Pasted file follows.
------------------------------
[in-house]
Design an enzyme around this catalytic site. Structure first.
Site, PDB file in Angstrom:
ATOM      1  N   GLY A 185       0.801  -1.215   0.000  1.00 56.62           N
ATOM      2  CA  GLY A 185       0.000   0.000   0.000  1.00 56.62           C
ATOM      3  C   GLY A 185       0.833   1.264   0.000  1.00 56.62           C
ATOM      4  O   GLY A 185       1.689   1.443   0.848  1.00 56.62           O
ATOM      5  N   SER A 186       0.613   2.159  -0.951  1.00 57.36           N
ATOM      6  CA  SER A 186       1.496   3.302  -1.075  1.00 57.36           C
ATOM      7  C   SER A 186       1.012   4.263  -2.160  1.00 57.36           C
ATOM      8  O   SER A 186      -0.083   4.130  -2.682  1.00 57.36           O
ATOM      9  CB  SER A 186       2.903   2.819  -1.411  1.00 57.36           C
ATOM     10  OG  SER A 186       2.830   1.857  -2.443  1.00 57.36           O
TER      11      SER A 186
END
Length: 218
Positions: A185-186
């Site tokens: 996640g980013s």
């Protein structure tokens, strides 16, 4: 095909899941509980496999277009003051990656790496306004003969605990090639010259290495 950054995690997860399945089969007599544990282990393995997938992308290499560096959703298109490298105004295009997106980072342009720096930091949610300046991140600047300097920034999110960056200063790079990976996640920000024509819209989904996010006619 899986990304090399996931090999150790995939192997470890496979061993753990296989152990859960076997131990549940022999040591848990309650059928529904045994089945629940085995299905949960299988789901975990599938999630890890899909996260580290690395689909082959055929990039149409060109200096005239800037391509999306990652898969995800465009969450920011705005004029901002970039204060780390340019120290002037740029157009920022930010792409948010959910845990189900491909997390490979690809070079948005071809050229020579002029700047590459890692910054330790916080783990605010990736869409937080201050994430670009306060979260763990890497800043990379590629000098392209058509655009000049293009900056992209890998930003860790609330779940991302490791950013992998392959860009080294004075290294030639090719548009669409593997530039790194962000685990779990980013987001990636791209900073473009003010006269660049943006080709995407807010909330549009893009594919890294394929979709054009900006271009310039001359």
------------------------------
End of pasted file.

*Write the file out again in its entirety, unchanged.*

[in-house]
Design an enzyme around this catalytic site. Structure first.
Site, PDB file in Angstrom:
ATOM      1  N   GLY A 185       0.801  -1.215   0.000  1.00 56.62           N
ATOM      2  CA  GLY A 185       0.000   0.000   0.000  1.00 56.62           C
ATOM      3  C   GLY A 185       0.833   1.264   0.000  1.00 56.62           C
ATOM      4  O   GLY A 185       1.689   1.443   0.848  1.00 56.62           O
ATOM      5  N   SER A 186       0.613   2.159  -0.951  1.00 57.36           N
ATOM      6  CA  SER A 186       1.496   3.302  -1.075  1.00 57.36           C
ATOM      7  C   SER A 186       1.012   4.263  -2.160  1.00 57.36           C
ATOM      8  O   SER A 186      -0.083   4.130  -2.682  1.00 57.36           O
ATOM      9  CB  SER A 186       2.903   2.819  -1.411  1.00 57.36           C
ATOM     10  OG  SER A 186       2.830   1.857  -2.443  1.00 57.36           O
TER      11      SER A 186
END
Length: 218
Positions: A185-186
């Site tokens: 996640g980013s």
């Protein structure tokens, strides 16, 4: 095909899941509980496999277009003051990656790496306004003969605990090639010259290495 950054995690997860399945089969007599544990282990393995997938992308290499560096959703298109490298105004295009997106980072342009720096930091949610300046991140600047300097920034999110960056200063790079990976996640920000024509819209989904996010006619 899986990304090399996931090999150790995939192997470890496979061993753990296989152990859960076997131990549940022999040591848990309650059928529904045994089945629940085995299905949960299988789901975990599938999630890890899909996260580290690395689909082959055929990039149409060109200096005239800037391509999306990652898969995800465009969450920011705005004029901002970039204060780390340019120290002037740029157009920022930010792409948010959910845990189900491909997390490979690809070079948005071809050229020579002029700047590459890692910054330790916080783990605010990736869409937080201050994430670009306060979260763990890497800043990379590629000098392209058509655009000049293009900056992209890998930003860790609330779940991302490791950013992998392959860009080294004075290294030639090719548009669409593997530039790194962000685990779990980013987001990636791209900073473009003010006269660049943006080709995407807010909330549009893009594919890294394929979709054009900006271009310039001359």